One of his friends adds, “Can I join you guys?”
And from Robert’s expression, Danny’s friend says, “So, we’ll see you later Danny,” Robert says,
“Now that those around us know what we are going to be talking about, what seems to be your concern, if any?”
“Why are you making that strange expression,” asks Danny.
“Sorry about that. I was just biting my tongue,” Robert says with a smile. “A lot of my dates have been confusing me lately.” He quickly adds, “Biting your tongue again, are you?”
“I understand why your friend wanted to join us, Danny, so, I’ll let you share your concerns.”
Danny lets it flow. “One guy starts off by saying he’s a born-again Christian. I asked him if that meant he wouldn’t do certain things or if we had to pray first. Was that queen ever defensive. With another guy, we couldn’t figure out what we wanted and he seemed uncomfortable with his extra pounds. With this other guy, he seemed uncomfortable talking about his thoughts and fantasies and when I insisted we talk about it he goes to his backpack and pulls out his lingerie and sexy panties, at which point I almost freaked out. This one guy tells me to go slow that he was sexually abused. I was glad that I didn’t have my paddle and restraints out in the open. And I could go on,” Danny says exhausted.
“Well, that was an interesting week Danny,” Robert blurts out with a sarcastic smile.
Danny, not to be outwitted adds, “Yes, it was.”
Robert asks, “So, Danny, with all the experiences you are having, what are you becoming aware of?”
Danny answers, “Some guys want to do things that I don’t and the other way around. Some seem uncomfortable about talking when together and others don’t seem to know what they want.” He adds, “Is it always going to be like this?”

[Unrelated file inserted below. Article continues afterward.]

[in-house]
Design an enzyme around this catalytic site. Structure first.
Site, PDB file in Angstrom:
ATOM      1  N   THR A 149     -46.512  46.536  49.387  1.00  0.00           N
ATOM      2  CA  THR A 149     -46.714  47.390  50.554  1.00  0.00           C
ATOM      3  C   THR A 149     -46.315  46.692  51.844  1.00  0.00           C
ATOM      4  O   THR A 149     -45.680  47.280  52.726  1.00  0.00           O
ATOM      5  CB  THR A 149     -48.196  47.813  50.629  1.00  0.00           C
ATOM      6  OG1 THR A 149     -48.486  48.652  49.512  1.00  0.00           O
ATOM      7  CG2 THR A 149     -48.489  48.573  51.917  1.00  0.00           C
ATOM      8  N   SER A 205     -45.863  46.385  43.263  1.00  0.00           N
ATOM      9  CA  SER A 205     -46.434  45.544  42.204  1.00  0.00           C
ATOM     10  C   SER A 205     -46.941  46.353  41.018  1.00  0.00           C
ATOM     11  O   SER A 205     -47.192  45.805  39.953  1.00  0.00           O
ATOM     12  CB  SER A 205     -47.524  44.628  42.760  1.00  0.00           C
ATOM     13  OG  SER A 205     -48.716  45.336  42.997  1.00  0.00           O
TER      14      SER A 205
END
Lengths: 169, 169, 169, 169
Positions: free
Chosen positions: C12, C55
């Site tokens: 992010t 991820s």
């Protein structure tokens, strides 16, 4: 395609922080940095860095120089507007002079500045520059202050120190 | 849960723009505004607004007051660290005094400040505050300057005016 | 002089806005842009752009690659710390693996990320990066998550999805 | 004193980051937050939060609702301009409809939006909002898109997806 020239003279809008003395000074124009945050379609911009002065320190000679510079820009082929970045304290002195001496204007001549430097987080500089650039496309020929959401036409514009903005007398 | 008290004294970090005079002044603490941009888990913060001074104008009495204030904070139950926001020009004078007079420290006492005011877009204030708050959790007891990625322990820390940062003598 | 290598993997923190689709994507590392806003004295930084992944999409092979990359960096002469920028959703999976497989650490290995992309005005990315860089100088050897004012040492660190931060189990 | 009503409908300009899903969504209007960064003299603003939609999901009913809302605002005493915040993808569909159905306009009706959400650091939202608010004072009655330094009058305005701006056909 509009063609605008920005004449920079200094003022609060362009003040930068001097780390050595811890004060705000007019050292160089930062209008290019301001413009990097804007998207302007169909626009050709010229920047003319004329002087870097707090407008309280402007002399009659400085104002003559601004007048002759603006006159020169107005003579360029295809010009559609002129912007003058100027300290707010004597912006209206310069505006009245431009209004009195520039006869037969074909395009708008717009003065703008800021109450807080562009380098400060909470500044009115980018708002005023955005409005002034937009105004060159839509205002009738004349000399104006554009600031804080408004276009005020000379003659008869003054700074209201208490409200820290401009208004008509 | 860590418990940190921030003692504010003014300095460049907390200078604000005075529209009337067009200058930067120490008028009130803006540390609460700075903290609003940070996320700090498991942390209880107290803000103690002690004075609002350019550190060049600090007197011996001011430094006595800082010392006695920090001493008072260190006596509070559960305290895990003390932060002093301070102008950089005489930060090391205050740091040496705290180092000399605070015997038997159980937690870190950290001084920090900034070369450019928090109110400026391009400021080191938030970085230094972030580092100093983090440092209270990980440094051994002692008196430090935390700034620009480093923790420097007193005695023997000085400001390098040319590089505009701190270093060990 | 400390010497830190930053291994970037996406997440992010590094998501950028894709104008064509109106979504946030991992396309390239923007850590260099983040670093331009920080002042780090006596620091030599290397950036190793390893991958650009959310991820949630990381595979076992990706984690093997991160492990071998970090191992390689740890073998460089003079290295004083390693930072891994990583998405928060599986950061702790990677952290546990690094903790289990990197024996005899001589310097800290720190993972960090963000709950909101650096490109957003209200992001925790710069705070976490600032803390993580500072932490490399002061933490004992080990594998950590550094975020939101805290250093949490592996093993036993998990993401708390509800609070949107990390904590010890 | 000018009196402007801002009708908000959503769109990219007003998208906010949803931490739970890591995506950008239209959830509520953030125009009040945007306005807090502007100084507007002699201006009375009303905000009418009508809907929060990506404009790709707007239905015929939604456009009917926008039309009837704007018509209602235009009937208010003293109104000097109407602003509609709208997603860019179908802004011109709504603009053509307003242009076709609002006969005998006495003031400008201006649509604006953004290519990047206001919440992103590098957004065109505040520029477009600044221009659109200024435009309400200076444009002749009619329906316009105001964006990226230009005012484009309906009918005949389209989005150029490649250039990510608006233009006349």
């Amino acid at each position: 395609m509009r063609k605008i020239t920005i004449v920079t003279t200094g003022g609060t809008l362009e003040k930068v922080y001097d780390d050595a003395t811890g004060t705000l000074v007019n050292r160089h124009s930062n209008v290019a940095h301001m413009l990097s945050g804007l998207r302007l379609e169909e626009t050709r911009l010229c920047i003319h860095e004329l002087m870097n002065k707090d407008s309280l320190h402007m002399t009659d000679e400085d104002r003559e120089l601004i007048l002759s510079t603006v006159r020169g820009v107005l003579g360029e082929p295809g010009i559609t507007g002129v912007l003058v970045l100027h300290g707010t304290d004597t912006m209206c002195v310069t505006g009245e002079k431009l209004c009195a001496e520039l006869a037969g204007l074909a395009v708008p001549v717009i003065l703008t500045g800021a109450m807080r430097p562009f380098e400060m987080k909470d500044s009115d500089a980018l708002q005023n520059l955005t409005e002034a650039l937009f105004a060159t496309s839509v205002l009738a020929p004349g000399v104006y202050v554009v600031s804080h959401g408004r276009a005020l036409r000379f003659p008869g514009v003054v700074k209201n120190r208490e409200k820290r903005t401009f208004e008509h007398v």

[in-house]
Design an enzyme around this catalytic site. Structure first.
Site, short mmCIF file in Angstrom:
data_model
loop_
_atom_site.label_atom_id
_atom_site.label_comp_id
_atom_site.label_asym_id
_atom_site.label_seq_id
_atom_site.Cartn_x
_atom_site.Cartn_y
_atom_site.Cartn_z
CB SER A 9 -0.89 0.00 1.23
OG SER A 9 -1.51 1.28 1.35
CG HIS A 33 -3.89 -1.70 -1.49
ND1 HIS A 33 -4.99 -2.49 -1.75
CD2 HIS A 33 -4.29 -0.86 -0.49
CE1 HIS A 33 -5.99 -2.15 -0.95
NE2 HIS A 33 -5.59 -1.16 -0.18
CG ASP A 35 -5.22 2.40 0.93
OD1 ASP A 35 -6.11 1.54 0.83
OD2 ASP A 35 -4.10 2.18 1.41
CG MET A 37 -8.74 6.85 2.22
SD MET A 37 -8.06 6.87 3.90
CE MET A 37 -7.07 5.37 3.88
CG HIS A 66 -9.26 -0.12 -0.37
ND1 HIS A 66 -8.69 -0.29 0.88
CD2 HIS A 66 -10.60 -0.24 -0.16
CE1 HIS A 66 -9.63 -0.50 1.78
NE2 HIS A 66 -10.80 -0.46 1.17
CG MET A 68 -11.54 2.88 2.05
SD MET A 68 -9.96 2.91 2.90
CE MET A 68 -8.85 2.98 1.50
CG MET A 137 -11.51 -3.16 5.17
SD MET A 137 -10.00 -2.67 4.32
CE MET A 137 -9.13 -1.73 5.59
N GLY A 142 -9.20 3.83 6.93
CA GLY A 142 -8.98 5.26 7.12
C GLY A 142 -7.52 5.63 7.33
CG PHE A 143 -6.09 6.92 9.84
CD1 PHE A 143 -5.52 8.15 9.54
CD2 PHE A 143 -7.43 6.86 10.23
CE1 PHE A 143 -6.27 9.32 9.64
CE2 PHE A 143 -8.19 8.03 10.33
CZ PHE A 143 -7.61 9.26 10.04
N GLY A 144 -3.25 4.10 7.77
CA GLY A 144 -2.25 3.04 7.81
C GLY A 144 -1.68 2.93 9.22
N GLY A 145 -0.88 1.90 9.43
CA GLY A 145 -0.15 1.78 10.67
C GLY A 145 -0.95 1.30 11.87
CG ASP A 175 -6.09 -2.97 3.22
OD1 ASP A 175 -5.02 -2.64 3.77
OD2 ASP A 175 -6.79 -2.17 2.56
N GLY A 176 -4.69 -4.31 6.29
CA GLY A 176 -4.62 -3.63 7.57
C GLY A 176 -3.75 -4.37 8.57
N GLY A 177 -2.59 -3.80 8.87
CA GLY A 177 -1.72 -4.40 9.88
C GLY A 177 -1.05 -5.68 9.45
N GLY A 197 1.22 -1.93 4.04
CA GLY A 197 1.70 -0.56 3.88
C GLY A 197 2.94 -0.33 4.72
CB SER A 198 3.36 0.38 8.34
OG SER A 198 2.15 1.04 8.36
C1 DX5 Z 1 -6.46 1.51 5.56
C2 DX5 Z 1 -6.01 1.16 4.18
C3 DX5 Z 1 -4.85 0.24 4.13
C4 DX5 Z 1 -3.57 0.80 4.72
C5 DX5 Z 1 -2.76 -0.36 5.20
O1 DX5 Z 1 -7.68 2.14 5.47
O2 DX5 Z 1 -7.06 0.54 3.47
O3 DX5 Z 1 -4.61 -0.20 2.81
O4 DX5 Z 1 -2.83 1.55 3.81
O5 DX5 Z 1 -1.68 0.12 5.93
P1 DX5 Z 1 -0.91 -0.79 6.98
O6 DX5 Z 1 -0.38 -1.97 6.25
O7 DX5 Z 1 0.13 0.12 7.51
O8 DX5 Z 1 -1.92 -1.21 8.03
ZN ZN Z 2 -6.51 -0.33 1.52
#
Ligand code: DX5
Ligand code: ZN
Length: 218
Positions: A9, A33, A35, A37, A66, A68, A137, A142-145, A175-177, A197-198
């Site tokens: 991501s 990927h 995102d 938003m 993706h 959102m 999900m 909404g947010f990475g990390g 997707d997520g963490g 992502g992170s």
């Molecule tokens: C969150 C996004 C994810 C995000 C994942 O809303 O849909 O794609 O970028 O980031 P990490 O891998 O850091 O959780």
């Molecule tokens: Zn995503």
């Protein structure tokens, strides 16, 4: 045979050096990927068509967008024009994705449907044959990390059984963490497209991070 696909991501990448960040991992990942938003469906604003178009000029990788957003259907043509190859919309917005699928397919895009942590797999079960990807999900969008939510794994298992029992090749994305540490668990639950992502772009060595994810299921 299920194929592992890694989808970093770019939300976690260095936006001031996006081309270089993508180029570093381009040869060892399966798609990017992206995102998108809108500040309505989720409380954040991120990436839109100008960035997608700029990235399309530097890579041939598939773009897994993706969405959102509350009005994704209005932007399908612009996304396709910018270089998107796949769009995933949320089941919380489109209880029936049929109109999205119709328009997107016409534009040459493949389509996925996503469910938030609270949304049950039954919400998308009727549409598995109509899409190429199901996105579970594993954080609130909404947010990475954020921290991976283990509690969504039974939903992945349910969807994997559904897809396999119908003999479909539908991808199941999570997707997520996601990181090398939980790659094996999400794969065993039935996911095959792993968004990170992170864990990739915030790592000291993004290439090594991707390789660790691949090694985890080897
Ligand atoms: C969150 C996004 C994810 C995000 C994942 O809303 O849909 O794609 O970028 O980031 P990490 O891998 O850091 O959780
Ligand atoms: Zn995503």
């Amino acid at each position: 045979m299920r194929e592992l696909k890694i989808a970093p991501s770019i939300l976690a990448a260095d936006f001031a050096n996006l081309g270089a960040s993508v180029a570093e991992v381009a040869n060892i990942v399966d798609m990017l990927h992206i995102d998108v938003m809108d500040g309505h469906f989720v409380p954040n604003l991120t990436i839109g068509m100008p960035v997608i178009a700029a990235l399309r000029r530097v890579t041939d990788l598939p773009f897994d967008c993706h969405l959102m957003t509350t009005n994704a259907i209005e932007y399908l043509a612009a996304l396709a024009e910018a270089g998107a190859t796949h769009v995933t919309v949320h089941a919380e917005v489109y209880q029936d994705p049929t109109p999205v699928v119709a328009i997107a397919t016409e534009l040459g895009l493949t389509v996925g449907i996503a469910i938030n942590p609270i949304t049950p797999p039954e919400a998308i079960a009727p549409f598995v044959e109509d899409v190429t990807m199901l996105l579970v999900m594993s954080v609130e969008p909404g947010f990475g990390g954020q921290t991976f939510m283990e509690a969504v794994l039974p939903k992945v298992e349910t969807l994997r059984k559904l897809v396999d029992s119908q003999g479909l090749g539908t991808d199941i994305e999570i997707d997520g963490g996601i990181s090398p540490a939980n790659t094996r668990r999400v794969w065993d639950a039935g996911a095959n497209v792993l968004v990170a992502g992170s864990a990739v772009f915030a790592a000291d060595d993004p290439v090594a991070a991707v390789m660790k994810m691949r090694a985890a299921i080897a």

“It becomes more understandable and accepting as you begin to become aware of your own sexual issues and realize that the person you are with has their own. We are bombarded with messages that happy, successful and popular people say sex is great and other messages that say sex is sinful and wrong,” adds Robert.
“Some of my friends have seen a lot of violence and some of it on them,” says Danny.
“Our shame about sex comes from our families, cultures, religions, friends, television and websites. In all of this we are told that some kinds of sexual activities are
acceptable and others are wrong. You already know what your body is supposed to look like and feel shameful if it doesn’t.”
“Not a problem with that one,” says Danny and quickly adds, “You’re biting your tongue again, aren’t you?”
“Remember, Danny, the most important thing is to know what you want in order to come to an acceptance of yourself. That includes who you feel sexual desires for, what kind of sex you want to have and accepting your sexual thoughts and fantasies.”
Danny adds, “I like keeping it simple—what works and what doesn’t.”
“Now add to that,” Robert says, “Be responsible for what you say and do by being aware of what you do, and correcting what you can or move on.”
“I have some moving on to do,” Danny adds, “Though I’m not sure what to do about my sexual fantasies?”
“Exploring them, Danny, may be more important than trying on the latest sex position or role-play outfit.”
“Robert,” Danny smiles. “Are you speaking from experience or regret?”
“Neither,” says Robert. “From a longing for less judgment and mistrust to be able to explore some sexual activities to find a sexual or romantic partner I’d want to be with.”
Smiling at Danny, Robert asks, “Are you OK?”
“I’ll be alright, Robert, I was just biting my tongue.”
–Ray Buteau is a former Catholic priest and author of the book No Longer Lonely. You can visit Ray’s website at www. raybuteausweb.com.